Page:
Business Day

Get­ting used to junk

- Andy Clay Via e-mail

SIR — It seems to me that the new mantra for SA is “junk”. While we haven’t yet got there eco­nom­i­cally, the term junk is be­ing used more and more in ev­ery­day life. When this hap­pens it im­bues a psy­chol­ogy in the na­tion linked to the def­i­ni­tion of junk, which in part in­cludes but is not lim­ited to some­thing of poor qual­ity or lit­tle mean­ing or worth.

So, the week­end the Boks lost and the Bafana Bafana coach sug­gested we lower our ex­pec­ta­tions. Ap­par­ently we are the last coun­try in Africa that is not re­garded as “junk” for in­vest­ment, and it seems that as a na­tion we are pre­pared to ac­cept this.

A tele­vi­sion pro­gramme asked whether we want re­cy­cling to be com­pul­sory, and it seems the ma­jor­ity do want this, es­pe­cially mil­len­ni­als, so per­haps the other def­i­ni­tion of junk — ma­te­ri­als that can be re­cy­cled — could come into play. In my view the way to stop the rot is never to ac­cept sec­ondbest in any­thing. If it isn’t good enough, change it or re­cy­cle it.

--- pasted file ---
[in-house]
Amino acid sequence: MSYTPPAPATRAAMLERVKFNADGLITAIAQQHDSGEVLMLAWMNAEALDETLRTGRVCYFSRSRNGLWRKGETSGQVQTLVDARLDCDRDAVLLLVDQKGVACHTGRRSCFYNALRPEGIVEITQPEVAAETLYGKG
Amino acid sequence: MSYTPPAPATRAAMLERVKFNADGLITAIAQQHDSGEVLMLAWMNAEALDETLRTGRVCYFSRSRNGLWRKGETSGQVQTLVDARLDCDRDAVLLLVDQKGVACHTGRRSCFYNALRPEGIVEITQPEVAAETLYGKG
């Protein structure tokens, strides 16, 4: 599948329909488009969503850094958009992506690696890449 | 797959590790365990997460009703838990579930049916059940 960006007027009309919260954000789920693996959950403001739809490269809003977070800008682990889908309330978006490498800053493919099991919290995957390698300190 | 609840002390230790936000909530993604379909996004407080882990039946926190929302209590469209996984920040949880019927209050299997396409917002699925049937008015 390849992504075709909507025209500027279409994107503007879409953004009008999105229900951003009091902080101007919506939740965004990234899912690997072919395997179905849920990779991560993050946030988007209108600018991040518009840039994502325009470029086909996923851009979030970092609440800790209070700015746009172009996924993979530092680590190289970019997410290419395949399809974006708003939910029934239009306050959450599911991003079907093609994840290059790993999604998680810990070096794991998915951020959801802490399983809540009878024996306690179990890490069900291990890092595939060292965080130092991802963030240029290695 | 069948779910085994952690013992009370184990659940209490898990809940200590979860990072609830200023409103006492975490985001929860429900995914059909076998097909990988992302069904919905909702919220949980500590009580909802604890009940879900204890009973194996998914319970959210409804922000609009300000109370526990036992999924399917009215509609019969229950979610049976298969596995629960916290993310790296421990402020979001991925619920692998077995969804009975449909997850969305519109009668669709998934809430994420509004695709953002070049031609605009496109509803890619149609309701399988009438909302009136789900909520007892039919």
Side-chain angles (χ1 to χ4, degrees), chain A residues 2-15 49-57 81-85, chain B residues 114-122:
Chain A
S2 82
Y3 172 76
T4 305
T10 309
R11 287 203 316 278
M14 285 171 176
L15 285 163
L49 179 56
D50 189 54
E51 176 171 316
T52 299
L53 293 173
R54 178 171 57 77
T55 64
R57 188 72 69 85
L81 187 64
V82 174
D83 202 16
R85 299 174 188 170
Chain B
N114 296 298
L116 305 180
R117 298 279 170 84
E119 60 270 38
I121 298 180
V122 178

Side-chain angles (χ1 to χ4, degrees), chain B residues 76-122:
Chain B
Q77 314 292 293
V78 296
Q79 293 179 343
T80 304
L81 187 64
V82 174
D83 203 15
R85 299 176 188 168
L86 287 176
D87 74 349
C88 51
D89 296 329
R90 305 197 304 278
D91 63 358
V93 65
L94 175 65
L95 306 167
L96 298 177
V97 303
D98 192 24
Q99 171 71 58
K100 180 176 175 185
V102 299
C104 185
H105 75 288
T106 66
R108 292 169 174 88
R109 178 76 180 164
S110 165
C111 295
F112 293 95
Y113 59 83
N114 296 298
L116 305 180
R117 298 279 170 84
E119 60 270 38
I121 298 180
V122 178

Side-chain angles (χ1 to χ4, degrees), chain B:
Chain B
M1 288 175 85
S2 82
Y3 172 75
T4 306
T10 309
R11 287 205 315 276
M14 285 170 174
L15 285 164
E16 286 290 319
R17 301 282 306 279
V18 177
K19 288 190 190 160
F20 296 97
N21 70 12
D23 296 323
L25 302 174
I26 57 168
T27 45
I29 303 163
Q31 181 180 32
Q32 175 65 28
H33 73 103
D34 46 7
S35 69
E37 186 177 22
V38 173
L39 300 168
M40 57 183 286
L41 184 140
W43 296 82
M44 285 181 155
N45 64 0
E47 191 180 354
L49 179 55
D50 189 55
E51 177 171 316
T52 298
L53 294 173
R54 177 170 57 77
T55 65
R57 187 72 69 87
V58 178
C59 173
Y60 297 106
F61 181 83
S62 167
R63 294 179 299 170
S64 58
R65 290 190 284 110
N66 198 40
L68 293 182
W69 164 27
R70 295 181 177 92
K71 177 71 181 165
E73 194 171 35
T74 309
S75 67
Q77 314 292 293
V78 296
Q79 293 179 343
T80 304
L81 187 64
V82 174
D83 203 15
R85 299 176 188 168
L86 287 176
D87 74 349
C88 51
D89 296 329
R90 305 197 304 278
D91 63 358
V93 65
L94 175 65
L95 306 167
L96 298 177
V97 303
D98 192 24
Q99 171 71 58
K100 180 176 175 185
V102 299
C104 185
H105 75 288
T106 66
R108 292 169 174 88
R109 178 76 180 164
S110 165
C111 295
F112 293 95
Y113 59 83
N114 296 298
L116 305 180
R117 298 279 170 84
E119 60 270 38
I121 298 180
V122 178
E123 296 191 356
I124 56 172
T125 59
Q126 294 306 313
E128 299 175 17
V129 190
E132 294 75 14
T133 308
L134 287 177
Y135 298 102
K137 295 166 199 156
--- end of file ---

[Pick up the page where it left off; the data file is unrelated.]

Low­er­ing our ex­pec­ta­tions is pure non­sense, but we are on the tip­ping point. If we be­come the last African na­tion to be clas­si­fied as junk, eco­nom­i­cally we will go down the toi­let with lit­tle hope of a come­back. That type of re­cy­cling is too hor­ri­ble to con­tem­plate.

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